Friday, January 29, 2010

Happy Birthday!

Happy Birthday wishes are in order today for one of my favorite Coming Abstractions followers, Anne Eversmann, who lives in cold and snowy Ohio. HAPPY BIRTHDAY ANNE!!! Anne was one of my first blog followers and via the internet we've formed a wonderful friendship sharing thoughts, musings, art, and encouragement. When I first started blogging I seriously didn't think anyone would even want to read what I wrote or see what I created. I blogged because "art marketing experts" said you had to in order to be successful. After receiving my very first comment from someone other than a friend (that was you, Anne) I was hooked! Now I get comments every week from people I haven't even met but who apparently have found my blog somehow. Some of them I don't even see in my group of followers but apparently they are there. I'm not sure how all of this cyberspace stuff works but I'm finding that maybe those art marketing people do indeed know a thing or two about marketing!  Anne--I am thanking you "publicly" for your friendship, support and encouragement. You are a bright shiny guiding light in my life.

Monday, January 25, 2010

Surgery and healing by art

On January 13th I had surgery that required my staying home for five days straight.  The first day home was a blur; the 2nd day was a bit better though uncomfortable; and by the 3rd day I started getting cabin fever and needed to be up and around or I'd lose my mind.  Medicating myself with a nice little pain pill enabled me to move around and I slowly converted my newly painted dining room into a painting studio so I could paint all day and night.  And paint, paint, paint, I did!  My dining room walls needed a bit of touch-up after a few sessions of paint flinging but this experience pushed me into a whole new series that I'm producing at my gallery downtown.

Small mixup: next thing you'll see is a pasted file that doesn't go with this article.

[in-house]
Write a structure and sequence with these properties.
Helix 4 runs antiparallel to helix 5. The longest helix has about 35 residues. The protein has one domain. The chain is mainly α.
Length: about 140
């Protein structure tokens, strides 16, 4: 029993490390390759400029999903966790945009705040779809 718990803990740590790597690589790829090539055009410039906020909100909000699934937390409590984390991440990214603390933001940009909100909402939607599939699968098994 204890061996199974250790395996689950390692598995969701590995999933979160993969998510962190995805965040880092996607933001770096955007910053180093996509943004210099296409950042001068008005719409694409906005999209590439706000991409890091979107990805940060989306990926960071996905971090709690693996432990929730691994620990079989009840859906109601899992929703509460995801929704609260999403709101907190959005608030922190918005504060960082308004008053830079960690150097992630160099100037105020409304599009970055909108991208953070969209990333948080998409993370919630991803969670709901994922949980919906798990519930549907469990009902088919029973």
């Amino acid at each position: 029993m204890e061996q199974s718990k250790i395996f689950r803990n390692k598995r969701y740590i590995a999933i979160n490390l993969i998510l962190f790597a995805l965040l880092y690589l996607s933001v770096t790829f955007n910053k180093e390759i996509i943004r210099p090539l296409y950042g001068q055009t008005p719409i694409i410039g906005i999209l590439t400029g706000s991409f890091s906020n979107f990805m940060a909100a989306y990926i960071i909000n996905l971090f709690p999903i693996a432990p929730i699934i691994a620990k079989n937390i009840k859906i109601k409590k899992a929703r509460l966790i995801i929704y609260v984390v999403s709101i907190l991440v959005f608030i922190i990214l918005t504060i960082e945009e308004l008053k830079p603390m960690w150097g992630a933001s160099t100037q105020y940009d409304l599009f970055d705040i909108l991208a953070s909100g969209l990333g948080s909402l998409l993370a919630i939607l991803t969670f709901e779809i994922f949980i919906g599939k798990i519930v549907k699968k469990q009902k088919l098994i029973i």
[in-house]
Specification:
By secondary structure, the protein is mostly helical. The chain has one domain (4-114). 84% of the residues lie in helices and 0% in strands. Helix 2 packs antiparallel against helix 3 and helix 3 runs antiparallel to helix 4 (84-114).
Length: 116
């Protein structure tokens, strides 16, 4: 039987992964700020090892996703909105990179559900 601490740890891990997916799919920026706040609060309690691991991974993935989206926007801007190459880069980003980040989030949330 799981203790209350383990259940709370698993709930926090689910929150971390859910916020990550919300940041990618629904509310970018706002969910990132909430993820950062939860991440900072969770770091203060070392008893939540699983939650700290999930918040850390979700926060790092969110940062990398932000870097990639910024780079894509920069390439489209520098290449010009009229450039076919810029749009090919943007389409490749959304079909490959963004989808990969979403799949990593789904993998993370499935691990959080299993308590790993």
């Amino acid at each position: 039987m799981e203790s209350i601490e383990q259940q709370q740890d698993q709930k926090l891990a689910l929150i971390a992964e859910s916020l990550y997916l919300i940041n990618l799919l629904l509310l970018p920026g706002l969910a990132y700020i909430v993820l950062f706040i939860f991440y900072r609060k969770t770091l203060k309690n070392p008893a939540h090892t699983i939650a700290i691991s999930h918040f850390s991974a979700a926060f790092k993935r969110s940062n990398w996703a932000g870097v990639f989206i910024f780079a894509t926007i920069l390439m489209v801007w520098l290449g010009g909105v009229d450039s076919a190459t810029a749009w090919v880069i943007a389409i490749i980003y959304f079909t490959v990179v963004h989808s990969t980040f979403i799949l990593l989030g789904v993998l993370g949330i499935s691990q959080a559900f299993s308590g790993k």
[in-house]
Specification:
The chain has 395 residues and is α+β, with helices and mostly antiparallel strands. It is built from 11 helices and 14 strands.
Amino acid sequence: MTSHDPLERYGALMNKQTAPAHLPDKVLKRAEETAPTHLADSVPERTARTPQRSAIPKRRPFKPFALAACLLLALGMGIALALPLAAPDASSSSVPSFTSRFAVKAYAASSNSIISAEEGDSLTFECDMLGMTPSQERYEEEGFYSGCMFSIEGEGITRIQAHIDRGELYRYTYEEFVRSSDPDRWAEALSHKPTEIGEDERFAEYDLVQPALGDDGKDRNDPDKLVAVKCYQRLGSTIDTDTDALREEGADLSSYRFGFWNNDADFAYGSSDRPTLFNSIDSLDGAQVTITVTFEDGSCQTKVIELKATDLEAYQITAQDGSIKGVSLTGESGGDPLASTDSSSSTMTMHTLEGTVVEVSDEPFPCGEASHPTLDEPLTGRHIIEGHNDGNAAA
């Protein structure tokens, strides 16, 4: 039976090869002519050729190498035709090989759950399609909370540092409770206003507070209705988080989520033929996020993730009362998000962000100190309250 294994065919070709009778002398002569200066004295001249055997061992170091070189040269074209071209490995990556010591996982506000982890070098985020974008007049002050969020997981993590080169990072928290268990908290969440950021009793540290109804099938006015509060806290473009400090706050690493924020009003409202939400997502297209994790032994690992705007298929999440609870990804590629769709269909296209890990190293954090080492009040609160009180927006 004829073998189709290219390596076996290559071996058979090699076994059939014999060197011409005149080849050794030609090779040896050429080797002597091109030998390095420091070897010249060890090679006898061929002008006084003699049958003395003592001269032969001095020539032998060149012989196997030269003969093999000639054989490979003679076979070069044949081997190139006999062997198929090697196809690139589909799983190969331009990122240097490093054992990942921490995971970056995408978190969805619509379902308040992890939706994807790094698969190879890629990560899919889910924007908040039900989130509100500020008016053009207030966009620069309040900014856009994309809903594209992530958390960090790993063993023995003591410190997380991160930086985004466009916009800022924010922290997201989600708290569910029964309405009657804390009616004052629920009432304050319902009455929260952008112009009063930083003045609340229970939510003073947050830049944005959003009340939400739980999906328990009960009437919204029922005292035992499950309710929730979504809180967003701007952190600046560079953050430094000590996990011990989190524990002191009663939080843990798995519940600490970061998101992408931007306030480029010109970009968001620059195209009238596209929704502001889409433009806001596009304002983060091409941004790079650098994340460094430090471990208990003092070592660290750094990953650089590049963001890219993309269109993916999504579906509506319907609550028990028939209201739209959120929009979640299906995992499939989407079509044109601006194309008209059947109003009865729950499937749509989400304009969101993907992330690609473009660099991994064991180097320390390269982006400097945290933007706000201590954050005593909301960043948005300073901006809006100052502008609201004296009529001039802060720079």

Here are a few works from those blurred days of unbridled painting.  The one on the left is called "Sybil's Escape" (see all the faces??) and measures 7.5" x 15.25" done with acrylics and charcoal on 300-lb Arches watercolor paper.  The top right painting is called "Sunset 1" and is a 12" x 12" x .75" canvas; the bottom right painting is called "Sunrise 1" and is 12" x 12" x .75".  of these are painted with acrylic paints.

Saturday, January 23, 2010

An Artist's Prayer

For several months I've subscribed to a wonderful blog written by another fellow artist buddy from Australia named Carl Kuerschener.  Carl is an artist; talented writer and soon to be published author on the subject of making and marketing art.  You can check out his information at:

Recently Carl wrote a post that really resonated with me and I thought I'd share it with you.  Maybe it's something to do with my Catholic school background and prayers but honestly it stopped me in my tracks and made me think!  And best of all, this prayer made me act (see item #14).  My heartfelt thanks to all of my art buddies out there -- I hope you too gleen some inspiration from the prayer below!

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An Artists Prayer
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1. Love what you do

2. Be patient

3. Do not tolerate disorder. Inspiration finds it difficult to present itself when there is chaos.

4. Don't question your talent, just use it. Focus on how, and forget about why.

5. Always remember the best way around fear is going straight through it

6. Never make excuses. Nobody is responsible for your life but you.

7. Never wait for the perfect opportunity. The path you walk will always be uneven. Learn how to step over the cracks, deal will the setbacks and learn to assess how to make the most of your time and energy in order to keep moving forward.